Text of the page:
Are mortgage rates starting to drop? Major lenders including HSBC and Virgin cut them from a 14-year high

  • Major mortgage lenders cut rates after minimal budget spike
  • This follows the appointment of Risha Sunak as Prime Minister, which could help stabilize markets
  • Experts say that mortgage rates will remain above the historic lows of last year

Major lenders are starting to cut mortgage rates after the Budget pushed them up and added hundreds of pounds to some homeowners’ bills.

HSBC is set to cut rates on five-year fixed mortgages for those with deposits of 25 per cent or more to 0.11 percentage point in the coming days.

This means the cheapest rate on such a mortgage with the lender will be 5.37 per cent, down from 5.48 per cent previously.

Interest rate spike: Homeowners remortgaging or buying new properties have seen interest rates rise over the past few weeks due to economic uncertainty

Virgin Money is also cutting rates from today, with the cheapest now at 5.49 per cent.

This is based on a five-year fixed rate for those with a 25 per cent deposit and paying £1,295.

Clydesdale Bank, also owned by Virgin, is cutting its rates for existing customers with remortgage deposits of 35 per cent or more by 0.1 percentage point, with the cheapest now at 5.54 per cent.

Coventry Building Society also intends to cut mortgage rates, although it is not yet clear by how much.

Mortgage rates hit a 14-year high last week after former chancellor Kwasi Kwarteng’s tax-cutting mini-budget rattled financial markets in late September.

Average two-year and five-year fixed rates took a hit 6.65% and 6.51% respectively.

It follows the appointment of Risha Sunak as prime minister, which was welcomed by housing experts who said it could reduce government borrowing costs and restore some stability to the mortgage market.

Interest rate rise: The price of fixed-rate deals has continued to rise since late last year, but it has accelerated since the government's mini-budget

Interest rate rise: The price of fixed-rate deals has risen since the end of last year, but it has accelerated since the government’s mini-budget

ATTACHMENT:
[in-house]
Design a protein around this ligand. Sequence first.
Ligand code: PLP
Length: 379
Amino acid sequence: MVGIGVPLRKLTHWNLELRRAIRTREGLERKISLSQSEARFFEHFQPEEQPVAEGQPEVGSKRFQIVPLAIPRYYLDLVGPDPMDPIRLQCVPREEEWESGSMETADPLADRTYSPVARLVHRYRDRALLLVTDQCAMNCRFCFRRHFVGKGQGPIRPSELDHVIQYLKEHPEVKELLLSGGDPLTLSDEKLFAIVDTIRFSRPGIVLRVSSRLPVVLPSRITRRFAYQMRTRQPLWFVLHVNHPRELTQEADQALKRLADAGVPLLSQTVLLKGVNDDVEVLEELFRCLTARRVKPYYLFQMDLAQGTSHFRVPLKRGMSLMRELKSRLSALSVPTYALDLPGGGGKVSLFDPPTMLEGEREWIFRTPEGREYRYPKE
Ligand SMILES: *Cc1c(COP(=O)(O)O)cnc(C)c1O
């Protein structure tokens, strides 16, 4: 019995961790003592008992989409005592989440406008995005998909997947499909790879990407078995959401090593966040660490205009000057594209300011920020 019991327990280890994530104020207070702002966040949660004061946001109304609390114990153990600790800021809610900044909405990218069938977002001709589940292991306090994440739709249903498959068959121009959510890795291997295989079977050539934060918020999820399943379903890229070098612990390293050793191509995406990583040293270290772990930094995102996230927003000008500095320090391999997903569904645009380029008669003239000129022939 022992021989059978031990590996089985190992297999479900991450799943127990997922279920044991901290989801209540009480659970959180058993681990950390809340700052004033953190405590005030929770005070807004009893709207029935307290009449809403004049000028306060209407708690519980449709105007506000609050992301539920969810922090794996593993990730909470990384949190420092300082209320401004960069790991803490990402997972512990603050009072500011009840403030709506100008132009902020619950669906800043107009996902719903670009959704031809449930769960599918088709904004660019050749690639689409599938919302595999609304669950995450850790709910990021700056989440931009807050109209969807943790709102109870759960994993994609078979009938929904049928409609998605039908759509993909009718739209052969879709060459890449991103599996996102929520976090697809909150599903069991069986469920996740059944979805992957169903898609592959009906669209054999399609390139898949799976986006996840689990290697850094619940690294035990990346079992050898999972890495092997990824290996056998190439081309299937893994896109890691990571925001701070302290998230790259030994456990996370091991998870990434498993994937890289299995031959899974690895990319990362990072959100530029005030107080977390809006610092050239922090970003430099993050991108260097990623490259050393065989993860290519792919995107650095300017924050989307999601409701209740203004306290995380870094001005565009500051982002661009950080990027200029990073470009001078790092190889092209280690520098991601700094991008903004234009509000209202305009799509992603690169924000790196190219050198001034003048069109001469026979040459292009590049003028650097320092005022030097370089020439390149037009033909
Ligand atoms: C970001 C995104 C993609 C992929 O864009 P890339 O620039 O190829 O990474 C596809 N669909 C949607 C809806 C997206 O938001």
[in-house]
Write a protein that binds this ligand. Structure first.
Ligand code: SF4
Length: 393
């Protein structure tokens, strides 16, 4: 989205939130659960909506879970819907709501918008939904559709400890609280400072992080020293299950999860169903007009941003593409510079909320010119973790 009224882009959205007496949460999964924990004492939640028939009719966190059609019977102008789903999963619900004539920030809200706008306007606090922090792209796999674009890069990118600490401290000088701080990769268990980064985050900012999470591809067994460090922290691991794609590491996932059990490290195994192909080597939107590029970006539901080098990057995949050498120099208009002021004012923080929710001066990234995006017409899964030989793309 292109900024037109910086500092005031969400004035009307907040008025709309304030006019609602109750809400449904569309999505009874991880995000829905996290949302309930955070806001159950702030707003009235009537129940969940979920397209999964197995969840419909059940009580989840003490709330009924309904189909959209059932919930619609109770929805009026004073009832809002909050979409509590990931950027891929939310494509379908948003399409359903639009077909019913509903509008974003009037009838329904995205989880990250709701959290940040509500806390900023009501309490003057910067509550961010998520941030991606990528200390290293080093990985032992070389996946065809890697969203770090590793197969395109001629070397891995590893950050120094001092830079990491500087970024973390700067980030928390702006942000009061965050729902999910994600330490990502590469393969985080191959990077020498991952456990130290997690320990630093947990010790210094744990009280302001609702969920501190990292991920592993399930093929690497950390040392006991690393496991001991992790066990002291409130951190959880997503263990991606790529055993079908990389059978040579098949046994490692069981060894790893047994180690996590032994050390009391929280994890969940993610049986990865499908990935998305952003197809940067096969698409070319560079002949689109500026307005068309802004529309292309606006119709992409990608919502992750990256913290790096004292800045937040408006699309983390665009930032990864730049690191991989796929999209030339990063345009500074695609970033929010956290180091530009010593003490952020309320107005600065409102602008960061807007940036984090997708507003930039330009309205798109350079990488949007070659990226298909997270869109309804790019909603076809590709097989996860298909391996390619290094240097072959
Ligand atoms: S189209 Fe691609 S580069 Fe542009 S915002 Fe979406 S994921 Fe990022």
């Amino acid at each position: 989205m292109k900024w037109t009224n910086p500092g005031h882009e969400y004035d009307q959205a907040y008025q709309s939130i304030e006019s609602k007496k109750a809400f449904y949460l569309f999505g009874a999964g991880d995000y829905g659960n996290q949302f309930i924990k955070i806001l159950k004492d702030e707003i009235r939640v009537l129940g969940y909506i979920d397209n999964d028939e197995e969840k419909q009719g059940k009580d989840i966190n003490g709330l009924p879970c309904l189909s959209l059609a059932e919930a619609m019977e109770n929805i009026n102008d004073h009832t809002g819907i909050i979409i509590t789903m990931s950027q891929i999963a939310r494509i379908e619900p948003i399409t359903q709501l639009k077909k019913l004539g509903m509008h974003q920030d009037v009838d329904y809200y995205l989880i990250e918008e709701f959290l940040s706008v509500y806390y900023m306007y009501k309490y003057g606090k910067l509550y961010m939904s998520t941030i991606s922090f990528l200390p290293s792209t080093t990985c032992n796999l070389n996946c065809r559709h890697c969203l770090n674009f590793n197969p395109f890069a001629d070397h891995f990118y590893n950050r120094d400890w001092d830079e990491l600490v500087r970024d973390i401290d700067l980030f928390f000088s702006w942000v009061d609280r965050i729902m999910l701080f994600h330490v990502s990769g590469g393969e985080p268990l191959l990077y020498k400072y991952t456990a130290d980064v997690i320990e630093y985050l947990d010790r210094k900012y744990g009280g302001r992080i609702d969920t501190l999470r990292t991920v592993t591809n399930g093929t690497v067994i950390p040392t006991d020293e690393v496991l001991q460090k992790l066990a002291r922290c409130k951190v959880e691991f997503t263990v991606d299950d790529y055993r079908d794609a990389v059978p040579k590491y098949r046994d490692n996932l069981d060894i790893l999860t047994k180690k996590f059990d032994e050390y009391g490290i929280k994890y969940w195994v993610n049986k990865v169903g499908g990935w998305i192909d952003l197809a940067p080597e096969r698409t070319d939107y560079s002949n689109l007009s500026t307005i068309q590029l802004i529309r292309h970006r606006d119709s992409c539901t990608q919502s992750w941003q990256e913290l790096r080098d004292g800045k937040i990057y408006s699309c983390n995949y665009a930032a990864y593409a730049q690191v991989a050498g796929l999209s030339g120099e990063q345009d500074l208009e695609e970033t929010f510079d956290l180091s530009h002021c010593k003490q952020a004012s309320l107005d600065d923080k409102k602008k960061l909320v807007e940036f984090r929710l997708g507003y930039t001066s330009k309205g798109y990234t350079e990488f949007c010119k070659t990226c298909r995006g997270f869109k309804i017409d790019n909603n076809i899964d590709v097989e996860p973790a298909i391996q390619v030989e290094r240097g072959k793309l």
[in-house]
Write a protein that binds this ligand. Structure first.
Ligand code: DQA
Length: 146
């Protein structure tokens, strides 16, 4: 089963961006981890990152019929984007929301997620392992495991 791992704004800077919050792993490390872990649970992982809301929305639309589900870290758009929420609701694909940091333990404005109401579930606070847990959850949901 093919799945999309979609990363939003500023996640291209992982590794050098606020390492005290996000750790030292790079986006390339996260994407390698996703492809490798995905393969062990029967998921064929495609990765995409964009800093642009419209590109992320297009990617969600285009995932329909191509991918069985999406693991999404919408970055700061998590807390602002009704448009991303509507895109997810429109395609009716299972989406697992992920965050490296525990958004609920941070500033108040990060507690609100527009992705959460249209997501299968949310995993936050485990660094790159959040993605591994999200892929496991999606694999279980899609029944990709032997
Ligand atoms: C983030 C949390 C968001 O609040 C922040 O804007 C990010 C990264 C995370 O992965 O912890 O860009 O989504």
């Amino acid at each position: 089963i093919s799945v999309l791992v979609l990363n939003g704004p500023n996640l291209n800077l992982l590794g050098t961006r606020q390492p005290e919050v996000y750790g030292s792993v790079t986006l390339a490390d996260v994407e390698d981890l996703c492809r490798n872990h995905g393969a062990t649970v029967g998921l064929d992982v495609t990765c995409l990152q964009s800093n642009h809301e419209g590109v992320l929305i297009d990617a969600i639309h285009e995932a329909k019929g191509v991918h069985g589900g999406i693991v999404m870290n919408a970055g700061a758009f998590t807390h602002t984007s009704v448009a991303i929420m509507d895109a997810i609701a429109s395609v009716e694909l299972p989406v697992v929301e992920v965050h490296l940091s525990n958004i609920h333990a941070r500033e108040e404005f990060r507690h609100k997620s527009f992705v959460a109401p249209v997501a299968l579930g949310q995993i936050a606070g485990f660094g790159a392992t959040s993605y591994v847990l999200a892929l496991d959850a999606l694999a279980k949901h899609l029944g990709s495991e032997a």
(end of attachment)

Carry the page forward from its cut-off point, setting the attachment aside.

Lawrence Bowles, director of research at estate agent Savills, said: “The uncertainty of the past few months has had a significant impact on gilt rates: the rate at which the UK government can borrow.

“In turn, this affects the cost of borrowing for all of us. This affects mortgage rates for home buyers, construction debt costs for builders and refinancing costs for real estate investors.

“Anything that helps restore confidence and confidence in the market is likely to lower borrowing costs.

“This in turn will reduce affordability pressures for households securing mortgage finance.”

However, experts say mortgage rates are unlikely to fall to the historically low levels enjoyed by homeowners in recent years.

Tom Beale, head of UK housing research at Knight Frank, said: “Mortgage rates may be down from last month’s post-Budget period, but the 12-year period of ultra-low borrowing costs is over.

“As demand eases, 18 months of double-digit house price growth will also come to an end.”

What to do if you need a mortgage

Borrowers needing to find a mortgage because their current fixed-rate deal is coming to an end, or because they’ve agreed to buy a home, have been urged to act but not to panic.

Banks and building societies are still lending and mortgages are still being offered and applications are being accepted.

However, rates change quickly and there is no guarantee that the deals will last and not be replaced by mortgages with higher rates.

This is money the best mortgage rate calculator based on L&C can show you deals that match your mortgage and property value

What if I need to remortgage?

Borrowers should compare rates, talk to a mortgage broker and be prepared to take action to secure a rate.

Anyone with a fixed rate deal coming to an end in the next six to nine months should look at how much it will cost them to remortgage now – and consider taking out a new deal.

Most mortgage deals allow you to add fees to the loan, and they are only charged when you take it out. By doing this, borrowers can secure a rate without paying expensive origination fees.

What if I buy a house?

Those who have agreed to buy a home should also secure rates as soon as possible so they know exactly what their monthly payments will be.

Homebuyers should be wary of overexertion and be prepared for house prices to fall from their current highs due to higher mortgage rates limiting people’s ability to borrow.

How to compare mortgage rates

The best way to compare mortgage rates and find the right deal for you is to talk to a good broker.

You can use our the best mortgage rate calculator to show you deals that fit your home value, mortgage size, term and fixed rate needs.

However, be aware that rates can change quickly, so the tip is: if you need a mortgage, compare rates and then get in touch with a broker as soon as possible so they can help you find the mortgage that’s right for you.

> Check out the best fixed rate mortgages you can apply for